Will E-Books Transform the Way We Read?

No, it's not a rock concert or a food festival that is daring crowds to the National Mall. It's the printed page - which still has the power to enthrall.

Though at a bookmobile, there's not a printed page in sight, reports CBS News correspondent Nancy Cordes.

"They can download digital media for free, and that's audio books, e-books, music and video," said Renee San Jose, a marketing and events coordinator with Overdrive.

It's not sponsored by some high-tech company, but your public library.

Surprised? Libraries are changing with the times, said Washington D.C.'s chief librarian.

"While we used to be the place that held the books we're now in some places the connection point," said Ginnie Cooper, the chief librarian of D.C. Public Libraries.

Many public libraries are making books available by way of their websites for free.

All you need is a device to download them and a library card. No returns and no late fees.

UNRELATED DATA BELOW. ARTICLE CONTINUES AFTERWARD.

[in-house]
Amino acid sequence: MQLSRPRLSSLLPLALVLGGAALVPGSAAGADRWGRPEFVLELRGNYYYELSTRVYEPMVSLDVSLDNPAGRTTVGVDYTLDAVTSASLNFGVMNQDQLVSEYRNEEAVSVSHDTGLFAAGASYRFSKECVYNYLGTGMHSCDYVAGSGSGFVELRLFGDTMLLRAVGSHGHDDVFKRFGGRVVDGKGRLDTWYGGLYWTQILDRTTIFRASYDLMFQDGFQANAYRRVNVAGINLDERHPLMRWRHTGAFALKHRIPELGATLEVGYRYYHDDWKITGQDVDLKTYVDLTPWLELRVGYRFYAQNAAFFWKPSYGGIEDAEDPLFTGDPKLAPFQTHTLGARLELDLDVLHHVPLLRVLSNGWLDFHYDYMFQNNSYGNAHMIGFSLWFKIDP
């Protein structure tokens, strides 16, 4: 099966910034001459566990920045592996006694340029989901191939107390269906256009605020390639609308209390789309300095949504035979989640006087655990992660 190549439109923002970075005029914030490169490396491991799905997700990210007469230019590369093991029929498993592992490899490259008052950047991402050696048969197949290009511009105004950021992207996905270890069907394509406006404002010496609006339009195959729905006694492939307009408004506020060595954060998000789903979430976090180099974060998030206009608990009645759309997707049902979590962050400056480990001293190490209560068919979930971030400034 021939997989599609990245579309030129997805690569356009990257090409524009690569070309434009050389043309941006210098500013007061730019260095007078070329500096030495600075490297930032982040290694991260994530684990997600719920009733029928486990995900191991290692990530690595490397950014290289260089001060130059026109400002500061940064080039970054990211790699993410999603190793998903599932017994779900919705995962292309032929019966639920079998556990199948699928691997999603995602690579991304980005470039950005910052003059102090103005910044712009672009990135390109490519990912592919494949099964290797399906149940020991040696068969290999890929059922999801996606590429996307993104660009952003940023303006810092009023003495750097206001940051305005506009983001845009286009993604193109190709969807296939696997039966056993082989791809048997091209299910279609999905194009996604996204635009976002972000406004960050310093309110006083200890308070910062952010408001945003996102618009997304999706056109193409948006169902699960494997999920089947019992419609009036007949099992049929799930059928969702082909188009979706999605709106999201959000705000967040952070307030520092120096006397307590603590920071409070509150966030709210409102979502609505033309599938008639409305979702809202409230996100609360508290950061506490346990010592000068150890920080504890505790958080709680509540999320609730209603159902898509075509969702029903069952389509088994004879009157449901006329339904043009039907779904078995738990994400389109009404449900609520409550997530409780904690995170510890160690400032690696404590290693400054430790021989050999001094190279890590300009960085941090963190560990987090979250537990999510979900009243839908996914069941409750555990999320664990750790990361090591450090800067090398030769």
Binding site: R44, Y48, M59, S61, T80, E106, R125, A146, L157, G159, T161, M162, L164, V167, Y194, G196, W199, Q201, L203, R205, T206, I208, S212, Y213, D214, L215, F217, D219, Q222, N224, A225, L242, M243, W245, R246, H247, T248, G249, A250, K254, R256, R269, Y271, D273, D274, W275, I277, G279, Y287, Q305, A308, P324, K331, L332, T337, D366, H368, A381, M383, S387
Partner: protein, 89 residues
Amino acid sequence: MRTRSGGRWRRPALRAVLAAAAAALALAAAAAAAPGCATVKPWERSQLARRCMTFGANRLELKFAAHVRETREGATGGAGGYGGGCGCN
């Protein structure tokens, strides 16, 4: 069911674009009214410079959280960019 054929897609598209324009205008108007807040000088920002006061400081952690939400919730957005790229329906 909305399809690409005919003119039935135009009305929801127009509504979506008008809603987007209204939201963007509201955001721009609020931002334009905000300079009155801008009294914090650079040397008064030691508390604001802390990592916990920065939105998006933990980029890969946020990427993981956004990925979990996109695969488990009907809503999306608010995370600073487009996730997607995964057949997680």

"The titles automatically expire at the end of each lending period," San Jose said. "So there is no worry for the expiration date or having to go back to the library to physically return the book."

Overdrive, the company that manages more than 9,000 library Web sites, estimates 30 million people have visited the Web site of their local library in 2008, a 63 percent increase over 2007.

"It's gotten more people reading one way or another. And I think the e-book format really appeals to a lot of folks," Cooper said. "I see them on Metro, on airplanes, I love it."

On some college campuses, e-books are replacing textbooks. This fall, six universities were selected to try the Kindle DX, Amazon's newest digital reader.

"I like to think what you hold in your hand tonight is the future," said a professor from Pace University.

And how does the future feel for students at New York's Pace University?

"I have friends that have come out of the bookstore paying $800 for a semester of books," said Nina Schoeler, a Pace student. "So the books being so cheap on the Kindle it's definitely well worth it."

But not everyone agrees.

"It's confusing to learn how to navigate," said Dan Santagata, another student. "I'd rather, much rather, open up a textbook and flip to the page."

And going digital can be costly. The newest Kindle DX sells for just under $500.

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    Nancy Cordes is CBS News' congressional correspondent.